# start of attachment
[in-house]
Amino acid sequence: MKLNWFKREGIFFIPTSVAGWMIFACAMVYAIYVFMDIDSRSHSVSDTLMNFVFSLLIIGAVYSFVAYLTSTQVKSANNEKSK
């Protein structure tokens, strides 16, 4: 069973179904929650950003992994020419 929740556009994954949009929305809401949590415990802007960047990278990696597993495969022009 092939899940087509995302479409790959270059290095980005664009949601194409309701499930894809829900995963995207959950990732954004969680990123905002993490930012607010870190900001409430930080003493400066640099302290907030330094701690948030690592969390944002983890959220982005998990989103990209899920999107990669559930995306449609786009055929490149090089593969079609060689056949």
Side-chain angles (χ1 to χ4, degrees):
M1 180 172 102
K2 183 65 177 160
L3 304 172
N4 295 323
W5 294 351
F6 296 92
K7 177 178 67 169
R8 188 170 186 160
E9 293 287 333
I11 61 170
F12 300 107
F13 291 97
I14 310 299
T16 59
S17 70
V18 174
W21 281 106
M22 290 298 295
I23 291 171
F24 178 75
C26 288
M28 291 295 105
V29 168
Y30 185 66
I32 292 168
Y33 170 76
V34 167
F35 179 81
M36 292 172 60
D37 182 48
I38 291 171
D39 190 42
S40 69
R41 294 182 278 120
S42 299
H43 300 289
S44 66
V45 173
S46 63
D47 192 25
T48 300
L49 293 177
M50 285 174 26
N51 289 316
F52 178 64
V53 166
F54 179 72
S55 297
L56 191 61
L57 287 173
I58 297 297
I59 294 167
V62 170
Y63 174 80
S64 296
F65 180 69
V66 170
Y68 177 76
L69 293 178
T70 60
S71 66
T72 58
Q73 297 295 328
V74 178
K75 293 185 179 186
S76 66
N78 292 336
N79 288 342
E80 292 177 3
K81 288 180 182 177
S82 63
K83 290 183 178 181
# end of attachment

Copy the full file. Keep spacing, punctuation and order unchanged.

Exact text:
[in-house]
Amino acid sequence: MKLNWFKREGIFFIPTSVAGWMIFACAMVYAIYVFMDIDSRSHSVSDTLMNFVFSLLIIGAVYSFVAYLTSTQVKSANNEKSK
């Protein structure tokens, strides 16, 4: 069973179904929650950003992994020419 929740556009994954949009929305809401949590415990802007960047990278990696597993495969022009 092939899940087509995302479409790959270059290095980005664009949601194409309701499930894809829900995963995207959950990732954004969680990123905002993490930012607010870190900001409430930080003493400066640099302290907030330094701690948030690592969390944002983890959220982005998990989103990209899920999107990669559930995306449609786009055929490149090089593969079609060689056949």
Side-chain angles (χ1 to χ4, degrees):
M1 180 172 102
K2 183 65 177 160
L3 304 172
N4 295 323
W5 294 351
F6 296 92
K7 177 178 67 169
R8 188 170 186 160
E9 293 287 333
I11 61 170
F12 300 107
F13 291 97
I14 310 299
T16 59
S17 70
V18 174
W21 281 106
M22 290 298 295
I23 291 171
F24 178 75
C26 288
M28 291 295 105
V29 168
Y30 185 66
I32 292 168
Y33 170 76
V34 167
F35 179 81
M36 292 172 60
D37 182 48
I38 291 171
D39 190 42
S40 69
R41 294 182 278 120
S42 299
H43 300 289
S44 66
V45 173
S46 63
D47 192 25
T48 300
L49 293 177
M50 285 174 26
N51 289 316
F52 178 64
V53 166
F54 179 72
S55 297
L56 191 61
L57 287 173
I58 297 297
I59 294 167
V62 170
Y63 174 80
S64 296
F65 180 69
V66 170
Y68 177 76
L69 293 178
T70 60
S71 66
T72 58
Q73 297 295 328
V74 178
K75 293 185 179 186
S76 66
N78 292 336
N79 288 342
E80 292 177 3
K81 288 180 182 177
S82 63
K83 290 183 178 181